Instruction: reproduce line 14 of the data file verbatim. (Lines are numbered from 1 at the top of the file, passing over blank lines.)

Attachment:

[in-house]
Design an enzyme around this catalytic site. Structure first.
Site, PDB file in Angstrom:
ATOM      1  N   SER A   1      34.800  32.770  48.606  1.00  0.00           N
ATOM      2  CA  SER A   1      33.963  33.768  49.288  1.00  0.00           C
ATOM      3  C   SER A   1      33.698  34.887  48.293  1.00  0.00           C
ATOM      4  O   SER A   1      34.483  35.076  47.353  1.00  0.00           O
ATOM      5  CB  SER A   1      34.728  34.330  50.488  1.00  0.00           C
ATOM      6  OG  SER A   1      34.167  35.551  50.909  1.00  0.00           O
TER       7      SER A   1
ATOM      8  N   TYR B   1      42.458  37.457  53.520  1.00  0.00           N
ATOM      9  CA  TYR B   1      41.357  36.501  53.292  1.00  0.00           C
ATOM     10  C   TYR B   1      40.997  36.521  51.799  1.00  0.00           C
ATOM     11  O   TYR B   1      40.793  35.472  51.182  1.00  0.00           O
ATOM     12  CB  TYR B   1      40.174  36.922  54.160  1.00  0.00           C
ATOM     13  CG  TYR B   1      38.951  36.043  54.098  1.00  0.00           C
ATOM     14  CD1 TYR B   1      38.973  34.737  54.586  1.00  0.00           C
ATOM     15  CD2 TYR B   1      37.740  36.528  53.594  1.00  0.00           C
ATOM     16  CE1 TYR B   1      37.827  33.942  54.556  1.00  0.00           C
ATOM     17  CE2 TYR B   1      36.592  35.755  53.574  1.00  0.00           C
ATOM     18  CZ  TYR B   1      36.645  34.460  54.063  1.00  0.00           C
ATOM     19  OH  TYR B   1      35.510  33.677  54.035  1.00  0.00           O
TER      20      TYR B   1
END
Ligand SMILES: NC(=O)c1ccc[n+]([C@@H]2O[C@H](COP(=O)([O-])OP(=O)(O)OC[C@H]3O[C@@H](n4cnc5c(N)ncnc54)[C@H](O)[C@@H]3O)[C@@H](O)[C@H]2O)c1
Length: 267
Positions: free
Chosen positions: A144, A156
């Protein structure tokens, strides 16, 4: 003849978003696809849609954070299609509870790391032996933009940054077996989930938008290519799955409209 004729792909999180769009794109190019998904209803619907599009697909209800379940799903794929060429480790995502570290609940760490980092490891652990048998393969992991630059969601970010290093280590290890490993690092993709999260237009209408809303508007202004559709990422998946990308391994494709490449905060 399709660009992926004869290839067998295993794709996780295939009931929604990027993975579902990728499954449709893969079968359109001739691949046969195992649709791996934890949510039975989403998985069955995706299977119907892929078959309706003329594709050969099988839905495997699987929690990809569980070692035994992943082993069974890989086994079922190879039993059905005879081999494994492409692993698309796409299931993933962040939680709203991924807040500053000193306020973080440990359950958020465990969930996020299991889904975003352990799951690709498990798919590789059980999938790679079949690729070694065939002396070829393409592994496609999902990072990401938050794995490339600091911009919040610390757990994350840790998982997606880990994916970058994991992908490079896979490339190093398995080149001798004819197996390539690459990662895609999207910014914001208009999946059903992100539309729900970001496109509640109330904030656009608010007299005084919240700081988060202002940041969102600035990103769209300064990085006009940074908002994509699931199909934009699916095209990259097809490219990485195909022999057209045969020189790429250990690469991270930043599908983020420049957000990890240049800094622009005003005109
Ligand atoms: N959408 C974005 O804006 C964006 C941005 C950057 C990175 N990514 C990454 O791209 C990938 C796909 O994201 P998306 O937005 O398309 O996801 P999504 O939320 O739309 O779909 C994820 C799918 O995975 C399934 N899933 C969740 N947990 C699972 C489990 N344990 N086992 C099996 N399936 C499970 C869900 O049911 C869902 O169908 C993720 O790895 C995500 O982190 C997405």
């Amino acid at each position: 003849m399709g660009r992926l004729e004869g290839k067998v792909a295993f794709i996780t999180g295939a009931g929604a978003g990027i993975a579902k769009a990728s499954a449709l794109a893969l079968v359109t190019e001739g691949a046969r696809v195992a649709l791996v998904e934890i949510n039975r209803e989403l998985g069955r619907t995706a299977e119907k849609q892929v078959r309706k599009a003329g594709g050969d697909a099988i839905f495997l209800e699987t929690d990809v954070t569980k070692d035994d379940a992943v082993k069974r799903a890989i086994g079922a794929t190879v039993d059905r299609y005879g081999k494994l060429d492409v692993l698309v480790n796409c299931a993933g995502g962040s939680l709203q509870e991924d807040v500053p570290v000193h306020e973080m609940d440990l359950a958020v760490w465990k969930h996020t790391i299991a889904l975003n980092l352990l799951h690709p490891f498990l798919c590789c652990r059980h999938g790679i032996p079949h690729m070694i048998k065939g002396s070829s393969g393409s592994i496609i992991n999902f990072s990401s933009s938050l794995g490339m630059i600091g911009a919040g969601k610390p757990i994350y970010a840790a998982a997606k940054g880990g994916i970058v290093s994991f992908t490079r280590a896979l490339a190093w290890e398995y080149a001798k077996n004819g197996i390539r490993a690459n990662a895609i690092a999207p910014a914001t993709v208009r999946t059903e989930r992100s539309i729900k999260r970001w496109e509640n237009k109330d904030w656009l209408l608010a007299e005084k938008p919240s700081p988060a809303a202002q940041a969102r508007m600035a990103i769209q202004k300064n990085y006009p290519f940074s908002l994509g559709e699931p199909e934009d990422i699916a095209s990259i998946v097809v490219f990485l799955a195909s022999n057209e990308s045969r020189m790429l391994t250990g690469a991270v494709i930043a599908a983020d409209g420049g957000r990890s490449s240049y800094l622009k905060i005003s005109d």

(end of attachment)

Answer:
ATOM     11  O   TYR B   1      40.793  35.472  51.182  1.00  0.00           O